By Julie Goodnight
Lingo – Ventral Edema
A horse showing signs of ventral edema may have compromised health. Swelling is typically seen on the ventral midline of the horse’s belly and is characterized by puffiness, bumps or fluid build-up. Often in geldings, sheath swelling or puffiness can also be seen. These signs can be indicators that a horse is fighting infection (maybe from an unseen puncture wound), having metabolic issues– allergies, snake/insect bite, or toxic reactions, circulatory issues, parasites, Potomac Horse Fever and other issues.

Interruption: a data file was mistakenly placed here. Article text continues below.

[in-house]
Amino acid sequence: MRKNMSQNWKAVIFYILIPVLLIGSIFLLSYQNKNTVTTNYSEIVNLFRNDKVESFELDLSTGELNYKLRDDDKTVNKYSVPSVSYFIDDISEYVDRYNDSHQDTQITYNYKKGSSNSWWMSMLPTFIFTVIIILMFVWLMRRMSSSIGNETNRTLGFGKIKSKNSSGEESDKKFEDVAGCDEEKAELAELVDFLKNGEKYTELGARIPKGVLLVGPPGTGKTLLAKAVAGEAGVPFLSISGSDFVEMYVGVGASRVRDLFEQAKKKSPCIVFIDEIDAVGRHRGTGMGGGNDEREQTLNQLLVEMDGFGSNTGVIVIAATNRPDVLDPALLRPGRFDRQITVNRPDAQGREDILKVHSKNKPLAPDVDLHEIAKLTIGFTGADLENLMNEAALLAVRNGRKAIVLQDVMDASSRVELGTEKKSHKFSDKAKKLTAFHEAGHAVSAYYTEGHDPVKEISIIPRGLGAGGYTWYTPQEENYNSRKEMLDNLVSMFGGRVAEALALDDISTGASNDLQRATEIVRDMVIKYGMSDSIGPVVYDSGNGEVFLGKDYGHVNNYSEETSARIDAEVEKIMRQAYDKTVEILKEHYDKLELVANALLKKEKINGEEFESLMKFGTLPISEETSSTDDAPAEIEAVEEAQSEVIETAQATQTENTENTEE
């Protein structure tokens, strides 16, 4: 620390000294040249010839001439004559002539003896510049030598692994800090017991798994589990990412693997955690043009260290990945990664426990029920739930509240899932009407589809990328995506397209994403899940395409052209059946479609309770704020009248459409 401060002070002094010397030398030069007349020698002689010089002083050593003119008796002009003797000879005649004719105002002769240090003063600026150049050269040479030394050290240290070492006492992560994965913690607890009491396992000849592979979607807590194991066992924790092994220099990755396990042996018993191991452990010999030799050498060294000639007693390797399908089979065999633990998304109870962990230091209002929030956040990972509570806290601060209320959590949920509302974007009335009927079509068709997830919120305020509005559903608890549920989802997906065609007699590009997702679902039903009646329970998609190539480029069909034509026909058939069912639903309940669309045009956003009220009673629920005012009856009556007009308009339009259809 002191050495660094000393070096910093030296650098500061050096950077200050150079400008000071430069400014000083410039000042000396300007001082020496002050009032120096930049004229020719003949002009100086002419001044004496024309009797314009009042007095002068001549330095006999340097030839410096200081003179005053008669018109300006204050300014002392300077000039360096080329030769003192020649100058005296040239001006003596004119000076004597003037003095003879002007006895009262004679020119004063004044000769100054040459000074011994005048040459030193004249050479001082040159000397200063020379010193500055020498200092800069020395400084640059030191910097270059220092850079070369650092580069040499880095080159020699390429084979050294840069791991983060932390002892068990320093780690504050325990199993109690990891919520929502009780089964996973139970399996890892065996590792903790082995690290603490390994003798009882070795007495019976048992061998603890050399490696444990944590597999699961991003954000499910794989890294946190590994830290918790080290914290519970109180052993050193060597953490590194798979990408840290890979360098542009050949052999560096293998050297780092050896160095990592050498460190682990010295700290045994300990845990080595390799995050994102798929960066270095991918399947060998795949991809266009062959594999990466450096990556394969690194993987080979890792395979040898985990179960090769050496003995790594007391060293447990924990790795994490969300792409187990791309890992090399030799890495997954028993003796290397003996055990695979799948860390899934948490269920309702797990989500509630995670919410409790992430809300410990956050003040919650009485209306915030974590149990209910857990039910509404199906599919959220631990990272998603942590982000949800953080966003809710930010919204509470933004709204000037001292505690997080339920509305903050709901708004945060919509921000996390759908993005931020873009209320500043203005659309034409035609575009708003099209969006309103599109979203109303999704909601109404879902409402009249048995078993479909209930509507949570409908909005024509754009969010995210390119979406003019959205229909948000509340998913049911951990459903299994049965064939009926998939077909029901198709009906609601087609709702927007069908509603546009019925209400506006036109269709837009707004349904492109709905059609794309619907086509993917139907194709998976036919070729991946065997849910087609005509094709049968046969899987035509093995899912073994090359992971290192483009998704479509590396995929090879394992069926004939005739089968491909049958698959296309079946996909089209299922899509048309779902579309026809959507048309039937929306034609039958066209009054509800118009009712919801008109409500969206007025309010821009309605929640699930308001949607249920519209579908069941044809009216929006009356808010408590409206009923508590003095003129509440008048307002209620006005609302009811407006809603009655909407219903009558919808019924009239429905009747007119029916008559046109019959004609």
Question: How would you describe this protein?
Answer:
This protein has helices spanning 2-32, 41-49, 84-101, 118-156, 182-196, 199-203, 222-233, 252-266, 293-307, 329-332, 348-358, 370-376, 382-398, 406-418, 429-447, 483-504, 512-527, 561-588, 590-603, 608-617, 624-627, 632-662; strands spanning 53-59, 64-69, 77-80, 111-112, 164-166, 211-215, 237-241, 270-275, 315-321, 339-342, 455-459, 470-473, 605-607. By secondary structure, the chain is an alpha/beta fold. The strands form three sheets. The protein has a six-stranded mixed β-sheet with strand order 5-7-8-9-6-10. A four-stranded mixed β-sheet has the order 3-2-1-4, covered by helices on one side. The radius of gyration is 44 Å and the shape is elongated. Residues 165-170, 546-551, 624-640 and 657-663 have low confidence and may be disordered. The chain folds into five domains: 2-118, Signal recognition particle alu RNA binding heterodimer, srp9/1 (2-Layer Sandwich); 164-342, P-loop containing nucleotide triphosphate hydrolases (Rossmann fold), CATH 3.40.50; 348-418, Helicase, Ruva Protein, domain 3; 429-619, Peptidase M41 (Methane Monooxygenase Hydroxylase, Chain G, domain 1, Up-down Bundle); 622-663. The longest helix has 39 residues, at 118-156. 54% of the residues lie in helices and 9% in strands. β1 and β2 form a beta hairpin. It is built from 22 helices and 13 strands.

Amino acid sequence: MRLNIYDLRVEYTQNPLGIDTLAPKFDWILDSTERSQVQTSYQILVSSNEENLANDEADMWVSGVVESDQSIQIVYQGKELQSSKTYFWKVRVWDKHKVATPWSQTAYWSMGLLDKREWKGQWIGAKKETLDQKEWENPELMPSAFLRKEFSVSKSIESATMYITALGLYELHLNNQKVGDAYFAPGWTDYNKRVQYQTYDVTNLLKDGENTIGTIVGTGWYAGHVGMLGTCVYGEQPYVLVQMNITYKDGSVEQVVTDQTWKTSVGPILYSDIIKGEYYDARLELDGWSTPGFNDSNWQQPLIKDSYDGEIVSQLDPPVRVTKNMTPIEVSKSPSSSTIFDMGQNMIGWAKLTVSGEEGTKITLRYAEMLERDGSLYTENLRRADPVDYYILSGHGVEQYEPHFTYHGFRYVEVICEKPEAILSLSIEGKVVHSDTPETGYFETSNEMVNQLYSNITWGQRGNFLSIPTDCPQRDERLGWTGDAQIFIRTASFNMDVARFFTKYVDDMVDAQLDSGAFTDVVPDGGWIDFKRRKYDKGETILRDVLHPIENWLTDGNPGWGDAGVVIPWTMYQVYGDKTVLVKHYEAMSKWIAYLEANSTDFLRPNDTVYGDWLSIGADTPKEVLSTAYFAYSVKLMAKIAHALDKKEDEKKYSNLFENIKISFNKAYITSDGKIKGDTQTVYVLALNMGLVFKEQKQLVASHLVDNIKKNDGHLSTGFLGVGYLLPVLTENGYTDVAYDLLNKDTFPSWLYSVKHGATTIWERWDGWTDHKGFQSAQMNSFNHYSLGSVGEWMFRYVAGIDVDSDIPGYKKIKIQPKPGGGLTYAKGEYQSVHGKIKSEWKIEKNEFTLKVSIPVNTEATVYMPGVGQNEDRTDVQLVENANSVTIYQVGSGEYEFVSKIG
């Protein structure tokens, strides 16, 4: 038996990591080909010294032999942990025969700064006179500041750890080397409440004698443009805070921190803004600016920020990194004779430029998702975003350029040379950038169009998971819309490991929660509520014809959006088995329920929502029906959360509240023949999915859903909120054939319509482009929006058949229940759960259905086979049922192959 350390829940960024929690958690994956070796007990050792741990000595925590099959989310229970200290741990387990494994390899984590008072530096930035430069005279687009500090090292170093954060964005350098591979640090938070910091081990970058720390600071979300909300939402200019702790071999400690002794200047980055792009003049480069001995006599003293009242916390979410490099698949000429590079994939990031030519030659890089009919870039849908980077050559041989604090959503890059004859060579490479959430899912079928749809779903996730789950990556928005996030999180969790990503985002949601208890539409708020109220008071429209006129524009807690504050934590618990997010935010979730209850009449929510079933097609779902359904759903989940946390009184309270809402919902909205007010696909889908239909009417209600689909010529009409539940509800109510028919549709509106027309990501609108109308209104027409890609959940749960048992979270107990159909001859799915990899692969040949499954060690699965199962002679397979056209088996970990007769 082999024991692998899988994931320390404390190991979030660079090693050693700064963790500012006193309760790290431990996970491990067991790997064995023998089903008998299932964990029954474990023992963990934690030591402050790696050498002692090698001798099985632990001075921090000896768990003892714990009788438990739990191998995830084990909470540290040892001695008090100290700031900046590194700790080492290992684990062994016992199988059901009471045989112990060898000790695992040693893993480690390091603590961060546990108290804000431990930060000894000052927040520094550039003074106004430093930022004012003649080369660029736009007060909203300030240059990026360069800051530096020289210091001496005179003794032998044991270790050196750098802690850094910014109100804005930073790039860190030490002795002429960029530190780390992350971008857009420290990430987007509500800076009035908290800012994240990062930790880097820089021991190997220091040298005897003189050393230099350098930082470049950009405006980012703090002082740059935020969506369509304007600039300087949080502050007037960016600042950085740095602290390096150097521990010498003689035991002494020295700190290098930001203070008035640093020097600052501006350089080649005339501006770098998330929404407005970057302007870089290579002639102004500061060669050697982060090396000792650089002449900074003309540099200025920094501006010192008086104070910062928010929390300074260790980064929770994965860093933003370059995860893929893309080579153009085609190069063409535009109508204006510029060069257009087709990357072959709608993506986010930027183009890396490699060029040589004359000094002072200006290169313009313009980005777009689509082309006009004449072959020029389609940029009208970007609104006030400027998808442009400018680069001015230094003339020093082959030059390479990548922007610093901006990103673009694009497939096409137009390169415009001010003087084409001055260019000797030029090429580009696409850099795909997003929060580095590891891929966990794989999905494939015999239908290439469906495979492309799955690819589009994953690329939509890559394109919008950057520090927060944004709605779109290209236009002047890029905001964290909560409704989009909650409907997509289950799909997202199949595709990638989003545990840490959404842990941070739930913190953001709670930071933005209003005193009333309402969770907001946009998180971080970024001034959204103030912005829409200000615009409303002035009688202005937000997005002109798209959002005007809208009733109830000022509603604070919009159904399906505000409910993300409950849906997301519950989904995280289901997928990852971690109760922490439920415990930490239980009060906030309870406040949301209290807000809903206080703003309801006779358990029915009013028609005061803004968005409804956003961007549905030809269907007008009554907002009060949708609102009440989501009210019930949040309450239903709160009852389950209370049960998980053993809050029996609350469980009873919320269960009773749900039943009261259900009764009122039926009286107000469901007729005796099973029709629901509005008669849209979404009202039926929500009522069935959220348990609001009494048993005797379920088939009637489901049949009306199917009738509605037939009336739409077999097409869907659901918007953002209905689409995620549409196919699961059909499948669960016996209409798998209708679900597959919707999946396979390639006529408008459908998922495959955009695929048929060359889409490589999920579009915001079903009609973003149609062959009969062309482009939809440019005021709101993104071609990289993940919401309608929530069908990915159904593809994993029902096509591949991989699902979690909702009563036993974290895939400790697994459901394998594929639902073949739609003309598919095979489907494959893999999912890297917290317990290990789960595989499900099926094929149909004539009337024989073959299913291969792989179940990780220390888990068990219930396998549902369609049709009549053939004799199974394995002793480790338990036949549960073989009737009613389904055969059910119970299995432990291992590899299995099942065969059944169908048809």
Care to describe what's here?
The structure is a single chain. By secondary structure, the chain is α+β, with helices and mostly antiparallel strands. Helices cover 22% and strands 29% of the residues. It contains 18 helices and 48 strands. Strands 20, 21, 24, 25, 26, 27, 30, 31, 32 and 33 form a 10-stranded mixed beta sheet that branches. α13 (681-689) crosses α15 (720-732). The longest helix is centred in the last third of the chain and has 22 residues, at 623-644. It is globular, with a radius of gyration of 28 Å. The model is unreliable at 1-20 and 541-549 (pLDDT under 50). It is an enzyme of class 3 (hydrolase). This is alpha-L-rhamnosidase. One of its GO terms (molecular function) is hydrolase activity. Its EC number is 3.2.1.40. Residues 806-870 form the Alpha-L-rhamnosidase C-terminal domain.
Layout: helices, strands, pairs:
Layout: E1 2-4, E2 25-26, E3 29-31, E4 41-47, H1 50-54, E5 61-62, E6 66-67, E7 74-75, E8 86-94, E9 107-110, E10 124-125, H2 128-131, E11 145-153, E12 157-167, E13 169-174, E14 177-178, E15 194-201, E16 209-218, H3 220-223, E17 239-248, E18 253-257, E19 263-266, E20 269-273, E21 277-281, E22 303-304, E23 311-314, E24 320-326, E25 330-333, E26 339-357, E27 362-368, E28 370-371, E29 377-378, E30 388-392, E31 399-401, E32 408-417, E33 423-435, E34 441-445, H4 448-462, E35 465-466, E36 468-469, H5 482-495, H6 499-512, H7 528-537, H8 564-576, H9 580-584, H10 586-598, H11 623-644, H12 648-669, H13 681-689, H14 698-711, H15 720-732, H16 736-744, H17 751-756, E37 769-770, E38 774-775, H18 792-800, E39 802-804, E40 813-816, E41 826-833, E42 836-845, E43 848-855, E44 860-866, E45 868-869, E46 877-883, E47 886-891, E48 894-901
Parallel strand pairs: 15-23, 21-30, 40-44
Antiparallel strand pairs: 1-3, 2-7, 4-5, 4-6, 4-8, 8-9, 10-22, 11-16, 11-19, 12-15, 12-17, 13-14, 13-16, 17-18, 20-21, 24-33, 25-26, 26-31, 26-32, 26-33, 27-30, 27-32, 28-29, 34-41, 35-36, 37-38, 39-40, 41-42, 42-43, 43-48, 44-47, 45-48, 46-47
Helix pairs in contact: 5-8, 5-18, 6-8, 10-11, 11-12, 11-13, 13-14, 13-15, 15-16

Monitor the edema, check vital signs (checking for signs of fever) and look for other signs that may indicate the horse’s health and vigor such as appetite, soreness and alertness. Inspect the horse from nose to tail for signs punctures or sores. Exercise the horse lightly to see if the edema is reduced after exercise. If the horse shows signs of fever or other signs of sickness, if the edema persists over a long period or gets worse, call the vet.
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